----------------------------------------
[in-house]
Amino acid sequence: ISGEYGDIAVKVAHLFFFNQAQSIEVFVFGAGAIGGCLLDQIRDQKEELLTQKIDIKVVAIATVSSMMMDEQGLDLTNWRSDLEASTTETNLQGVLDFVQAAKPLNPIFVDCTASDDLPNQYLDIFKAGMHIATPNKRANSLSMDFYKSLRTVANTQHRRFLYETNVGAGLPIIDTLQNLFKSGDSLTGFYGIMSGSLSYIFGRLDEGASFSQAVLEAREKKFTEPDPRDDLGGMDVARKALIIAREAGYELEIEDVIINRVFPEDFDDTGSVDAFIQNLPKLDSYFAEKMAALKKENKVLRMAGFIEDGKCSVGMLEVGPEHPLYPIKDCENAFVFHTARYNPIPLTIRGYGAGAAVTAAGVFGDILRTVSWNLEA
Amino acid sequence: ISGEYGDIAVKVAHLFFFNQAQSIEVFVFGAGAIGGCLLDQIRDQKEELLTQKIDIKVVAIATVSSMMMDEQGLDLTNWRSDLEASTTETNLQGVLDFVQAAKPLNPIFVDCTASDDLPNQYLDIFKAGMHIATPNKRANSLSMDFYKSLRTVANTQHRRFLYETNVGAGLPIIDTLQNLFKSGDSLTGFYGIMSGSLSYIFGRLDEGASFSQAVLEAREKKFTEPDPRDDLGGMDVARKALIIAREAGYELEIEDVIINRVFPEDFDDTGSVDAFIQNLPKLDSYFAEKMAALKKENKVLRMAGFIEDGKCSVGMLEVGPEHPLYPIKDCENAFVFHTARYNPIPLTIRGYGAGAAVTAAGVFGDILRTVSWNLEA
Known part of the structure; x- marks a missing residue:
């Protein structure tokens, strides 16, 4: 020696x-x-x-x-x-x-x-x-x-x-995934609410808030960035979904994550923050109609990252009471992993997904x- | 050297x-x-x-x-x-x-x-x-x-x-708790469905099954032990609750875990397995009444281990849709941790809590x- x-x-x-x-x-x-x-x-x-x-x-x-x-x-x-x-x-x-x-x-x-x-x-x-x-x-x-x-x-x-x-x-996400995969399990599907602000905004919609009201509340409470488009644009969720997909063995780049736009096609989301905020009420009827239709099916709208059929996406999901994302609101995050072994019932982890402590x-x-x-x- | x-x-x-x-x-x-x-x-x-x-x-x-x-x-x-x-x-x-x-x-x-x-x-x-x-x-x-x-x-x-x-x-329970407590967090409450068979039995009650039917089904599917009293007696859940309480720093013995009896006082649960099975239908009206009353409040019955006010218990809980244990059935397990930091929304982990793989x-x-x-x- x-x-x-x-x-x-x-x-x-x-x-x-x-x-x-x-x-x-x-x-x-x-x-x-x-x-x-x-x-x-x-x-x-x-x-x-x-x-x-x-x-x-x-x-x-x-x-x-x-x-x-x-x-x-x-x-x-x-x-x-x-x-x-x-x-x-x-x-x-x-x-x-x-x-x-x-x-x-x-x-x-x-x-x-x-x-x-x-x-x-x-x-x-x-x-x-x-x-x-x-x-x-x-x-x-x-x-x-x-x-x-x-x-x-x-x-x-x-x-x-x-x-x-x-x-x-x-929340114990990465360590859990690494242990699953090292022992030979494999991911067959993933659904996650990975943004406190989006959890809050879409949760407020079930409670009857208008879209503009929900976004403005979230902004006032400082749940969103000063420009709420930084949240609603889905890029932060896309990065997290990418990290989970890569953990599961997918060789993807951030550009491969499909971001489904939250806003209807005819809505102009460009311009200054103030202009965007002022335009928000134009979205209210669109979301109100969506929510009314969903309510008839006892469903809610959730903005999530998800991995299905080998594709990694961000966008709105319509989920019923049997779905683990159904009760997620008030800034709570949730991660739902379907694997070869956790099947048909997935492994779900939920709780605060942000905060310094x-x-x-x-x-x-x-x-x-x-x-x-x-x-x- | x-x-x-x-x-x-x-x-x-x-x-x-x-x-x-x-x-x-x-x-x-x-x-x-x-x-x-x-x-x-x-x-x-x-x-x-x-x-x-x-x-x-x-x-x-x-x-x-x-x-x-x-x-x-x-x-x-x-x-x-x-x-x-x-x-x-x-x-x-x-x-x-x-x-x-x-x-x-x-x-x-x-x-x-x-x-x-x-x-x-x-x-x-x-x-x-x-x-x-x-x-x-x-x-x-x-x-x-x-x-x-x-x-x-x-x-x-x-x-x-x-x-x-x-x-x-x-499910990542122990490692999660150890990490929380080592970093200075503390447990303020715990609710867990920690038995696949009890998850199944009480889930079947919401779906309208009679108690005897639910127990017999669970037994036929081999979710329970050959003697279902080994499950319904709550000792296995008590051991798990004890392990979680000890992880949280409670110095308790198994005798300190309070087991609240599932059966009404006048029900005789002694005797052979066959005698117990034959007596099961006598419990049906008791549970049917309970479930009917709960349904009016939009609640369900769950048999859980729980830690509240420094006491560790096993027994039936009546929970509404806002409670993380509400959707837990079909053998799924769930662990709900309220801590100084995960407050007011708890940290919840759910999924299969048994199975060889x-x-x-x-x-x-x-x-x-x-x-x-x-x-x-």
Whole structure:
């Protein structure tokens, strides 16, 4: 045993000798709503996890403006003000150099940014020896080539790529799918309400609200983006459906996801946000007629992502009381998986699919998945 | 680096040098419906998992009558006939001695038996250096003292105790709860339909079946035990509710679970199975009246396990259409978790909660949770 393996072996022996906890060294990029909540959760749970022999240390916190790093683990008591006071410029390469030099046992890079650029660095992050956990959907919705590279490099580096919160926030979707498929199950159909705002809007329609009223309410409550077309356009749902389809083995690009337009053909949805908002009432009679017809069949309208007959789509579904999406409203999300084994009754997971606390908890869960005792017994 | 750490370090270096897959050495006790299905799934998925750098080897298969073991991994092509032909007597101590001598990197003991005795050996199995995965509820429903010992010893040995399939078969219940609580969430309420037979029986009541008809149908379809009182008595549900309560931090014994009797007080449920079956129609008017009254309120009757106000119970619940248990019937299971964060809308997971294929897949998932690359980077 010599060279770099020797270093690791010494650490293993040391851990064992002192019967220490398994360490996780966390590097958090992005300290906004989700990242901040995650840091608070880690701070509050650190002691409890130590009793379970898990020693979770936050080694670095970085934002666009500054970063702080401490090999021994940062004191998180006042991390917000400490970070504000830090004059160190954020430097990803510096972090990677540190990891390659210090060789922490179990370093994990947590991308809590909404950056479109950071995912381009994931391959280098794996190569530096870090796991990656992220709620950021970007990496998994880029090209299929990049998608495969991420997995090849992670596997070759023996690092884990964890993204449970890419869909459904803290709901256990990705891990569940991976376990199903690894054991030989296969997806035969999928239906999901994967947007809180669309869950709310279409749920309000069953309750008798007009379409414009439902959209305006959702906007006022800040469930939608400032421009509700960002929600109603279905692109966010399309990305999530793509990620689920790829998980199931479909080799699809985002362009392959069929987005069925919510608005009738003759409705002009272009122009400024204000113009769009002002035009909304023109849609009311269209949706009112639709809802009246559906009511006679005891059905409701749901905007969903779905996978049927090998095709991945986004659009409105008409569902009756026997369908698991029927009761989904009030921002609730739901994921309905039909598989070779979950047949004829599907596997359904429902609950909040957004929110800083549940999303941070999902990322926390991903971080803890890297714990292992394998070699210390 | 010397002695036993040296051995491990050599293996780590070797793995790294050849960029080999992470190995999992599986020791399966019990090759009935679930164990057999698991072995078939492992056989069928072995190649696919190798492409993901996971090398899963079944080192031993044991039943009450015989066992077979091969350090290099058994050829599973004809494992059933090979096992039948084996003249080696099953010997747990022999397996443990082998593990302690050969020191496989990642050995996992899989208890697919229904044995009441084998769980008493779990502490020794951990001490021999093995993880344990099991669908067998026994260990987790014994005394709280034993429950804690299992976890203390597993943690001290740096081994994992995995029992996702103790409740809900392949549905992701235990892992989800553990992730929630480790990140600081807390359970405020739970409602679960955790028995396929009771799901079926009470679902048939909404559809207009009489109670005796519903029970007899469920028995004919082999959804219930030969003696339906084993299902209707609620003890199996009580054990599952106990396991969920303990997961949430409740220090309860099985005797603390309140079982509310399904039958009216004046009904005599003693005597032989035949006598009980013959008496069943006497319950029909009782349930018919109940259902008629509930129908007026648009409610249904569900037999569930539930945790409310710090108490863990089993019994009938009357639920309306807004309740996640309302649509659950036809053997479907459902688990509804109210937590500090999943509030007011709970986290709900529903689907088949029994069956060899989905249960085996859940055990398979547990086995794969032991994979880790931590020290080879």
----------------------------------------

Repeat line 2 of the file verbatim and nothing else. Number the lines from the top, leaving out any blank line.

Amino acid sequence: ISGEYGDIAVKVAHLFFFNQAQSIEVFVFGAGAIGGCLLDQIRDQKEELLTQKIDIKVVAIATVSSMMMDEQGLDLTNWRSDLEASTTETNLQGVLDFVQAAKPLNPIFVDCTASDDLPNQYLDIFKAGMHIATPNKRANSLSMDFYKSLRTVANTQHRRFLYETNVGAGLPIIDTLQNLFKSGDSLTGFYGIMSGSLSYIFGRLDEGASFSQAVLEAREKKFTEPDPRDDLGGMDVARKALIIAREAGYELEIEDVIINRVFPEDFDDTGSVDAFIQNLPKLDSYFAEKMAALKKENKVLRMAGFIEDGKCSVGMLEVGPEHPLYPIKDCENAFVFHTARYNPIPLTIRGYGAGAAVTAAGVFGDILRTVSWNLEA